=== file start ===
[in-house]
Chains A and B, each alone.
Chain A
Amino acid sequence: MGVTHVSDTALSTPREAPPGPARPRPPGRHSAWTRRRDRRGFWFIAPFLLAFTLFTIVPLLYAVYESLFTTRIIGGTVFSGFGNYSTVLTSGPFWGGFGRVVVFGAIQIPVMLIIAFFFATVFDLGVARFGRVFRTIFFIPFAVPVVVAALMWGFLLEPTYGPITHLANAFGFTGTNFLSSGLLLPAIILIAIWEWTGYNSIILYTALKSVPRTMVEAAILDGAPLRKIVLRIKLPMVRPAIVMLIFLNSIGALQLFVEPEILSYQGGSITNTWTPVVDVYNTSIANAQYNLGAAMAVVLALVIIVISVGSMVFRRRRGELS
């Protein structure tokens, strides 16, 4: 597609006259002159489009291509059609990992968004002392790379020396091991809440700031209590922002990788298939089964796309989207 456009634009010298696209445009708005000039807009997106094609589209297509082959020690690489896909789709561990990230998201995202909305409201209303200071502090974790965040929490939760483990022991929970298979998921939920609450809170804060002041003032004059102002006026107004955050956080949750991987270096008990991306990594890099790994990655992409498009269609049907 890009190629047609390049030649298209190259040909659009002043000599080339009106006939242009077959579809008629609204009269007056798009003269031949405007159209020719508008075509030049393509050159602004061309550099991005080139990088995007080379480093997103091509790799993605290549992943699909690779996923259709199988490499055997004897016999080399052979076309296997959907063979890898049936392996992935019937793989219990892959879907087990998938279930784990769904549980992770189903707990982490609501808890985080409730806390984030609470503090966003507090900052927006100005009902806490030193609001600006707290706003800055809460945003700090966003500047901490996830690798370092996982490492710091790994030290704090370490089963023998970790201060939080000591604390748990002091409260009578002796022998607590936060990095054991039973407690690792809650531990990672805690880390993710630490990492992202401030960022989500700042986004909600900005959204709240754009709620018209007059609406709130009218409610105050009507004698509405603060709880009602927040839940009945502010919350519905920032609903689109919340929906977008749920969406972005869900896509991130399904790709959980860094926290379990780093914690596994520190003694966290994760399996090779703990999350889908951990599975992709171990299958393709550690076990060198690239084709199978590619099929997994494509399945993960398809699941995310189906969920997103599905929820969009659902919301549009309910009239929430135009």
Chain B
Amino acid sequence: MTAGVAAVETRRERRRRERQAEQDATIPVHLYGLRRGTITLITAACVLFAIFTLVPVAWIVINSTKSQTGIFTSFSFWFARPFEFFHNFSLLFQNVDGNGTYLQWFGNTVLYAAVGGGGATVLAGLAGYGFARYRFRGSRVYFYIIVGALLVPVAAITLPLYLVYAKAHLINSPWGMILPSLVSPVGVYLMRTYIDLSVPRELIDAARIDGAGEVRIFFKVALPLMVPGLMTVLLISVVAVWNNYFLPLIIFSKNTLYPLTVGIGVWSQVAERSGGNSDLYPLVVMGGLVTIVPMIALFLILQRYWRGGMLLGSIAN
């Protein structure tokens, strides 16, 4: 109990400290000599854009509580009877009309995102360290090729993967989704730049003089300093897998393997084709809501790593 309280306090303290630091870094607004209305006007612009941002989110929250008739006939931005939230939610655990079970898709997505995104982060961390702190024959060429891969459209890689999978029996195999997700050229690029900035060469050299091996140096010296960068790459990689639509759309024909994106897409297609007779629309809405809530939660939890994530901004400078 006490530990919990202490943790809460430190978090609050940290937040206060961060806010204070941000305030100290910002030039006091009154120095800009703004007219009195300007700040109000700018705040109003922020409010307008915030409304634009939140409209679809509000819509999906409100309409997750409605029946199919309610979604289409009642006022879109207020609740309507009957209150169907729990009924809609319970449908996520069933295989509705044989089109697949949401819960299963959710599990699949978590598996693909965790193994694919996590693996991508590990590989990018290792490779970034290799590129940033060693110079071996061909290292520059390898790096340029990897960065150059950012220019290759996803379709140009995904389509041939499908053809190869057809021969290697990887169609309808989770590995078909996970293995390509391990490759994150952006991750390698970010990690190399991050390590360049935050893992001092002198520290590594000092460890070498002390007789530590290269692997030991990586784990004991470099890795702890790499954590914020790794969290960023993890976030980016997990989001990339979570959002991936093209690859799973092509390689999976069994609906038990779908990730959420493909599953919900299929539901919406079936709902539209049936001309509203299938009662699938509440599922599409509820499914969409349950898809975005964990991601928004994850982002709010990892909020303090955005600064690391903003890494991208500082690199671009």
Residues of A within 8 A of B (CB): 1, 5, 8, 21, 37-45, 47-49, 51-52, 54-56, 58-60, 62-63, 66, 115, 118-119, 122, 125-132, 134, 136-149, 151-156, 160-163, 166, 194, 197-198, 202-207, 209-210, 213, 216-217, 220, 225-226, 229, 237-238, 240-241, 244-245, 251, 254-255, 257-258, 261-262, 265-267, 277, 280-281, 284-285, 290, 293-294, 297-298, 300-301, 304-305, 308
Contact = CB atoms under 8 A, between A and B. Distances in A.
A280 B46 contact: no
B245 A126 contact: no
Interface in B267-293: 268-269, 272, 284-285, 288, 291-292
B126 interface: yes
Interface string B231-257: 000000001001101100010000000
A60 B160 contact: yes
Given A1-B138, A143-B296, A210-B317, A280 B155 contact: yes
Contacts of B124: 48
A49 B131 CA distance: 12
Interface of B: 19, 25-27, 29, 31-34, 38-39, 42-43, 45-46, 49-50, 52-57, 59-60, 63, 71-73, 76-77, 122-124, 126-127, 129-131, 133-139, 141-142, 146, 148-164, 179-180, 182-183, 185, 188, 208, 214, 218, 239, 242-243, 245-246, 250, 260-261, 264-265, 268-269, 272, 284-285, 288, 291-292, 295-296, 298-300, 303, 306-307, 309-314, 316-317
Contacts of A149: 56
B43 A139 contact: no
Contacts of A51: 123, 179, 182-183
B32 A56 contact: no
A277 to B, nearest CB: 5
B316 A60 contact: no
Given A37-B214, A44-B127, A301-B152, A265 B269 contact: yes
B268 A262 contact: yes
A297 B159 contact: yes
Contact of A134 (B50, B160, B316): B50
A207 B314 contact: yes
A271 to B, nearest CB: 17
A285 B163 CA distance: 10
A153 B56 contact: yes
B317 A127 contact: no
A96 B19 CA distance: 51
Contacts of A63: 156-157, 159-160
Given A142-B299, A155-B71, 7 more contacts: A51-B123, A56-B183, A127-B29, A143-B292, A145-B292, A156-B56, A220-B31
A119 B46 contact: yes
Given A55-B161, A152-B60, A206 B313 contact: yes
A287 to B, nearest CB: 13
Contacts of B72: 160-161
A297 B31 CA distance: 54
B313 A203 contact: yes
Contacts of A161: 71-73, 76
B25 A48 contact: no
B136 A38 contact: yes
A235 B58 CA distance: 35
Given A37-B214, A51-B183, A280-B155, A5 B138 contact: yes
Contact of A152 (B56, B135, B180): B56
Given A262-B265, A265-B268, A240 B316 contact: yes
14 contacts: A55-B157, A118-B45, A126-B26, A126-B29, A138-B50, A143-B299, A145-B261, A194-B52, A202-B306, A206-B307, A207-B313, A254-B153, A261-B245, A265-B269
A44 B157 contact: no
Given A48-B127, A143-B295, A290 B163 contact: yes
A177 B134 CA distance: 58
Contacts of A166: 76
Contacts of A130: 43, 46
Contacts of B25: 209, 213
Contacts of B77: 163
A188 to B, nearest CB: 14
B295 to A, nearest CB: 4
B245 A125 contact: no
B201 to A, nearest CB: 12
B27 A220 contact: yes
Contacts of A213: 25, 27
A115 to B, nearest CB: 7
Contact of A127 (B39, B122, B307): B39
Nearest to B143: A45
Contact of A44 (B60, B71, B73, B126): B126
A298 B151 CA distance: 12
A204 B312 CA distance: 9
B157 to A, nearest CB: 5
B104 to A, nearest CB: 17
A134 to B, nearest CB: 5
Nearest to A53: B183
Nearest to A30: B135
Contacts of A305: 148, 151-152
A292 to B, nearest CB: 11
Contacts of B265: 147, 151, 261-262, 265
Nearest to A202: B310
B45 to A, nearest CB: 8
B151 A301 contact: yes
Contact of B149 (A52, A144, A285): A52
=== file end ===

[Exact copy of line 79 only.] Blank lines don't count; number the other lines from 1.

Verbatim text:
Contacts of B265: 147, 151, 261-262, 265